NETL: Oil & Natural Gas Projects  

Broader source: All U.S. Department of Energy (DOE) Office Webpages (Extended Search)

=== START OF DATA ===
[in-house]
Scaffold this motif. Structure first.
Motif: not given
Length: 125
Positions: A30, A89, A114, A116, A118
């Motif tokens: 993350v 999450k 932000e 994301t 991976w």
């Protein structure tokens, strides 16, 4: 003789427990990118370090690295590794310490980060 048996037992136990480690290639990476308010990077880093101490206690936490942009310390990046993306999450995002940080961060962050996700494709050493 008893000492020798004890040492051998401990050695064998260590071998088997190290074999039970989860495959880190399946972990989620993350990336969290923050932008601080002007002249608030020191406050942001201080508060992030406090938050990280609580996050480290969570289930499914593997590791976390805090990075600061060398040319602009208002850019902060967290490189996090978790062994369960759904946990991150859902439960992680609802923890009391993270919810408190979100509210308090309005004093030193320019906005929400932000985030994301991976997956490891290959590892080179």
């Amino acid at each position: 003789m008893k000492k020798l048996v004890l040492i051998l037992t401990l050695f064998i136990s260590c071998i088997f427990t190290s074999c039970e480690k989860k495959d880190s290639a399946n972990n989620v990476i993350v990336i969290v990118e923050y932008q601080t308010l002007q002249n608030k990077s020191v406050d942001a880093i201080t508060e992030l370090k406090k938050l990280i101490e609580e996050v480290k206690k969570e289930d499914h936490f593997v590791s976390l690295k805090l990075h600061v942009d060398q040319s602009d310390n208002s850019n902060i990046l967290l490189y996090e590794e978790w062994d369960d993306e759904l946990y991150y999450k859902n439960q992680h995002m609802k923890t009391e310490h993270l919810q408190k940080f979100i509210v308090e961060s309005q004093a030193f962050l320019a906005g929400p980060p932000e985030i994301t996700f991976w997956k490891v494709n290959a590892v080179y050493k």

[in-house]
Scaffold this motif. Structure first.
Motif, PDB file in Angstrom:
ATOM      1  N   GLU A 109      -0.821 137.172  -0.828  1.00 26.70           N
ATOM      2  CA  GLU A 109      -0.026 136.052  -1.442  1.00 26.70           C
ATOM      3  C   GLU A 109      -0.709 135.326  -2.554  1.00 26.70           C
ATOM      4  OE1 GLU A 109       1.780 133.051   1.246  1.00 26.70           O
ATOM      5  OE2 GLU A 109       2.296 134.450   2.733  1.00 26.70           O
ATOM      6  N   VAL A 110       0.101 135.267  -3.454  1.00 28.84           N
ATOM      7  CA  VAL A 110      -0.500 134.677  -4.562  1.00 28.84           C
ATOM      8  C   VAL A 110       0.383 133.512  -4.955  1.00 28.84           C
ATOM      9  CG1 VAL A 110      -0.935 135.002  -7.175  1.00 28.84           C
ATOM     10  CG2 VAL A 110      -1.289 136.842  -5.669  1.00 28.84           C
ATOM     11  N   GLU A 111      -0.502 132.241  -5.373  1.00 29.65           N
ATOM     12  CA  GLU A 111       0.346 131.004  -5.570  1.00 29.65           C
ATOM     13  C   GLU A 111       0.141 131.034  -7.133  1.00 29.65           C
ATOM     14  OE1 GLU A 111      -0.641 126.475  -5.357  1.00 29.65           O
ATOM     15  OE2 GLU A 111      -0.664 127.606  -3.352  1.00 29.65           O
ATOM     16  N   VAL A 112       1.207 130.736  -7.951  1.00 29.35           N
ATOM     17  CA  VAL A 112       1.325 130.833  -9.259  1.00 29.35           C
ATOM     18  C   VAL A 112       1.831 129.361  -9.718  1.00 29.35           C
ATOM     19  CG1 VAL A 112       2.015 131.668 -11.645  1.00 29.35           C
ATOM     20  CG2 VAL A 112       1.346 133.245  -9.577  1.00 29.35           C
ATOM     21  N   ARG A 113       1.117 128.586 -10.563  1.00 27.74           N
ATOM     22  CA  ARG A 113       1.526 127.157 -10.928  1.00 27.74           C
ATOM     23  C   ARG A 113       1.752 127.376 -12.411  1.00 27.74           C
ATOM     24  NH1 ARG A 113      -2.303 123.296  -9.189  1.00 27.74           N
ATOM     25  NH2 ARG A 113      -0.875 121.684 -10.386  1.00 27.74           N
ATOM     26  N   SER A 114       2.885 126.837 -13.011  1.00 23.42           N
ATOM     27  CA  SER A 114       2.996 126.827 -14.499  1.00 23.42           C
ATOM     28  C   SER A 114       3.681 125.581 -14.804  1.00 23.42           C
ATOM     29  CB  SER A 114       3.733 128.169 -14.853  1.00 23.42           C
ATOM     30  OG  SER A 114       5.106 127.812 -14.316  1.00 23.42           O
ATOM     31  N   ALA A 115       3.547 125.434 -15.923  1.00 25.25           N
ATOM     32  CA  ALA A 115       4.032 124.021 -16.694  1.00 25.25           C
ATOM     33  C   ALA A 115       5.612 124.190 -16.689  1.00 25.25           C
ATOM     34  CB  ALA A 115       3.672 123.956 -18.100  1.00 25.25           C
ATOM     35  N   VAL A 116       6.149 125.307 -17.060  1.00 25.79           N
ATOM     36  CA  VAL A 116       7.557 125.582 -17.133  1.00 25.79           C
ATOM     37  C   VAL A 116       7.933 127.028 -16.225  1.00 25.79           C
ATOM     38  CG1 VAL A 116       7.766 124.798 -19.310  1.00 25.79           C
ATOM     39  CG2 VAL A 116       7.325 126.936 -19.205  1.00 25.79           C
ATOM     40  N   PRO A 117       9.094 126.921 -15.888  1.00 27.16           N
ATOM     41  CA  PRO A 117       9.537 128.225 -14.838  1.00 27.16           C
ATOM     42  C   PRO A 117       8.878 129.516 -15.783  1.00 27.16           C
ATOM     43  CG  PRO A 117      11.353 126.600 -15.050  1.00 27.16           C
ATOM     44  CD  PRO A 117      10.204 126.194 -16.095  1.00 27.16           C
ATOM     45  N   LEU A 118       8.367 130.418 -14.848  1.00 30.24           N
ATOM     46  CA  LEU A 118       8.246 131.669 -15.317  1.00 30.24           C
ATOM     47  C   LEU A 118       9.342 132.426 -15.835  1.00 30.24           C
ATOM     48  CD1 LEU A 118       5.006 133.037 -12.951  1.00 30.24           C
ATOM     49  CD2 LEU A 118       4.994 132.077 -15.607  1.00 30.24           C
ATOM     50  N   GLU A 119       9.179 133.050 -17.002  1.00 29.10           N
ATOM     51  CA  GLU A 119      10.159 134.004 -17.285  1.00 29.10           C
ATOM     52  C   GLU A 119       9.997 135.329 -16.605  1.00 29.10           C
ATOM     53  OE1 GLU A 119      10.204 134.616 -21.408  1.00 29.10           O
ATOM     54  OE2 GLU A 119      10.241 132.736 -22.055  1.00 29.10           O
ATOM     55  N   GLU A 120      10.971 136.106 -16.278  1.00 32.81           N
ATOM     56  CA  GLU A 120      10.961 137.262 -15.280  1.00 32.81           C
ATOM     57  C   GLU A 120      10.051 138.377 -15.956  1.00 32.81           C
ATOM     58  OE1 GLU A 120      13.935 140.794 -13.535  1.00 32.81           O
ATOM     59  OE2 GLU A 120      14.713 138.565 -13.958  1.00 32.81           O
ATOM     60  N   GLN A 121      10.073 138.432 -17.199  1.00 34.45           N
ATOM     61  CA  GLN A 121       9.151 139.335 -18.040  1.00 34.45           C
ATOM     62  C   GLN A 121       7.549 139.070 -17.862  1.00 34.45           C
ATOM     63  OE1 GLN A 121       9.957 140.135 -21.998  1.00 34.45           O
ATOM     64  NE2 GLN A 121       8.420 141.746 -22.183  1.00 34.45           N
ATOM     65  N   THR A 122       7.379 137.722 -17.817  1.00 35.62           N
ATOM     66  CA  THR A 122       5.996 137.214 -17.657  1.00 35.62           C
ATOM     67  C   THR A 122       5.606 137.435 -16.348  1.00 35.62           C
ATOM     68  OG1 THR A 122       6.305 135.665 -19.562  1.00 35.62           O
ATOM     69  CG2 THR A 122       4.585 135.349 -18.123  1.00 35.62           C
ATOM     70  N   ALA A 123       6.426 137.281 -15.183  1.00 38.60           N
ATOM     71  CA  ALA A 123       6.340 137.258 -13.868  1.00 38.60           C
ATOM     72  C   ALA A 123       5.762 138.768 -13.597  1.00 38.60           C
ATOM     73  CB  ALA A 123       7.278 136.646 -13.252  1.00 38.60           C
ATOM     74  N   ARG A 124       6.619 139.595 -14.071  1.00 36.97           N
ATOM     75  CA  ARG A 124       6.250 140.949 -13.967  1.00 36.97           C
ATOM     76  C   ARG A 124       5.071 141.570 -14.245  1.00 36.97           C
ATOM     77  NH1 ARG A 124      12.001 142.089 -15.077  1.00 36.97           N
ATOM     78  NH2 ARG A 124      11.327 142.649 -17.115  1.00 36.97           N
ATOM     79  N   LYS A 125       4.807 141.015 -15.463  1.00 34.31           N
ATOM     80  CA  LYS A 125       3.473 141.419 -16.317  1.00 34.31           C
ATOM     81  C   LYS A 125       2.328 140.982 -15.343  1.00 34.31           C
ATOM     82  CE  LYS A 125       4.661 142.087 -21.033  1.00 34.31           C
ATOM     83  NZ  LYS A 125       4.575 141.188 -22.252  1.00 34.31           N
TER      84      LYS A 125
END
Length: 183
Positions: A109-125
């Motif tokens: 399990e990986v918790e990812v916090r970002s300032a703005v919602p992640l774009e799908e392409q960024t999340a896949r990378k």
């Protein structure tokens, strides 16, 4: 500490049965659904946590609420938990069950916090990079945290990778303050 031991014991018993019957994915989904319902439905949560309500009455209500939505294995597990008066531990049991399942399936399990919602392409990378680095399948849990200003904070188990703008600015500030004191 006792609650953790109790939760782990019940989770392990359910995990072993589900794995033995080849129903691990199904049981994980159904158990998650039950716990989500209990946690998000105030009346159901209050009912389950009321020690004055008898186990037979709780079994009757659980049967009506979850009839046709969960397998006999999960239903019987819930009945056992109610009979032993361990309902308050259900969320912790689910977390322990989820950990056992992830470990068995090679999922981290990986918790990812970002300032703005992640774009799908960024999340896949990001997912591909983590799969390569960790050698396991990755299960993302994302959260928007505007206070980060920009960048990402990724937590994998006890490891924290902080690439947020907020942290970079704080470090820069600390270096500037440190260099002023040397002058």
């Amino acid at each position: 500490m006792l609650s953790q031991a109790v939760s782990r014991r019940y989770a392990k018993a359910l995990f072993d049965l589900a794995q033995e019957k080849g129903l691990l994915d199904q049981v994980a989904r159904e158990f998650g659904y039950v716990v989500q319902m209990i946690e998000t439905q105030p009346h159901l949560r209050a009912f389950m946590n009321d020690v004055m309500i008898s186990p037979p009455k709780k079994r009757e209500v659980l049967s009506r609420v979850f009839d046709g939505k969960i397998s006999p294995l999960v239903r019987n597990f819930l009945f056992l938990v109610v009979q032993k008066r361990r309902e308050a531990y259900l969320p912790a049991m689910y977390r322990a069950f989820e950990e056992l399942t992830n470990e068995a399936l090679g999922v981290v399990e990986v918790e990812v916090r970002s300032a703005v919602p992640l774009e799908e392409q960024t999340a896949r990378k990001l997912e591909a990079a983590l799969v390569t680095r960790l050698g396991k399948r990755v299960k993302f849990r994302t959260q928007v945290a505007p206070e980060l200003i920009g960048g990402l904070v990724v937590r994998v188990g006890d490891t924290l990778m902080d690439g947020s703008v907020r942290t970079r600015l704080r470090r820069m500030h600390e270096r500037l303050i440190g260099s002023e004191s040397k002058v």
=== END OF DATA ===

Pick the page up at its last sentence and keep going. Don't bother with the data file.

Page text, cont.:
Low Permeability Gas Low Permeability Gas Design and Implementation of Energized Fracture Treatment in Tight Gas Sands DE-FC26-06NT42955 Goal The goal of this project is to develop methods and tools that can enable operators to design, optimize, and implement energized fracture treatments in a systematic way. The simulator that will result from this work would significantly expand the use and cost-effectiveness of energized fracs and improve their design and implementation in tight gas sands. Performer University of Texas-Austin, Austin, TX Background A significant portion of U.S. natural gas production comes from unconventional gas resources such as tight gas sands. Tight gas sands account for 58 percent of the total proved natural gas reserves in the United States. As many of these tight gas sand basins mature, an increasing number of wells are being drilled or completed into nearly depleted reservoirs. This includes infill wells, recompletions, and field-extension wells. When these activities are carried out, the reservoir pressures encountered are not as high as the initial reservoir pressures. In these situations, where pressure drawdowns can be less than 2,000 psi, significant reductions in well productivity are observed, often due to water blocking and insufficient clean-up of fracture-fluid residues. In addition, many tight gas sand reservoirs display water sensitivity—owing to high clay content—and readily imbibe water due both to very high capillary pressures and low initial water saturations.